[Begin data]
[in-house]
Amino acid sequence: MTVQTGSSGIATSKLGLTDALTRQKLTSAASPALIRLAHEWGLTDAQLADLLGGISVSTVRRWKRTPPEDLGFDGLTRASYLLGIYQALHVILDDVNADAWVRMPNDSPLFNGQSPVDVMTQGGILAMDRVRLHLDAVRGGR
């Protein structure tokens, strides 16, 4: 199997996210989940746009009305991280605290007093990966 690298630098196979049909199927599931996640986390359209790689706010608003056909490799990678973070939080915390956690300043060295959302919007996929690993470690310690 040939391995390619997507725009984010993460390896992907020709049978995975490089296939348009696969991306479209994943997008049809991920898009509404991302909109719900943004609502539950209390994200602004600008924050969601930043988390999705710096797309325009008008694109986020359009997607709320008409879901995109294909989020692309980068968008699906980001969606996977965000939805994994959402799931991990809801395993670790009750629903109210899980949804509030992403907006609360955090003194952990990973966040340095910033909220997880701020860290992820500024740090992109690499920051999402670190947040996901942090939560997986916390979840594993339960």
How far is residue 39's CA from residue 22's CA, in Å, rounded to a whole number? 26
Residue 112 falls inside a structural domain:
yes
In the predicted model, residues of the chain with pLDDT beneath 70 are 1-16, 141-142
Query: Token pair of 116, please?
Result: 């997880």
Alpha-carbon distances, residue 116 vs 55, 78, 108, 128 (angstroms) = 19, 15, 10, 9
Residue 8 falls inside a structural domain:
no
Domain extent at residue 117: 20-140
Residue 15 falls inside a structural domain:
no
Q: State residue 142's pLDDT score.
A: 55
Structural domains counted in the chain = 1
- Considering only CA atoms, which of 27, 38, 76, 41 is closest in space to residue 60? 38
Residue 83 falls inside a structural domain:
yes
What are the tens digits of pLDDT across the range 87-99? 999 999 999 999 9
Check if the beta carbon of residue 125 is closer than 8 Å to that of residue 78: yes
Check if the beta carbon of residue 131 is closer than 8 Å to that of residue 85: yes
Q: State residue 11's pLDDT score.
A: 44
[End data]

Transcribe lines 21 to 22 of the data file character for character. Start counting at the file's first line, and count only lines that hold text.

yes
What are the tens digits of pLDDT across the range 87-99? 999 999 999 999 9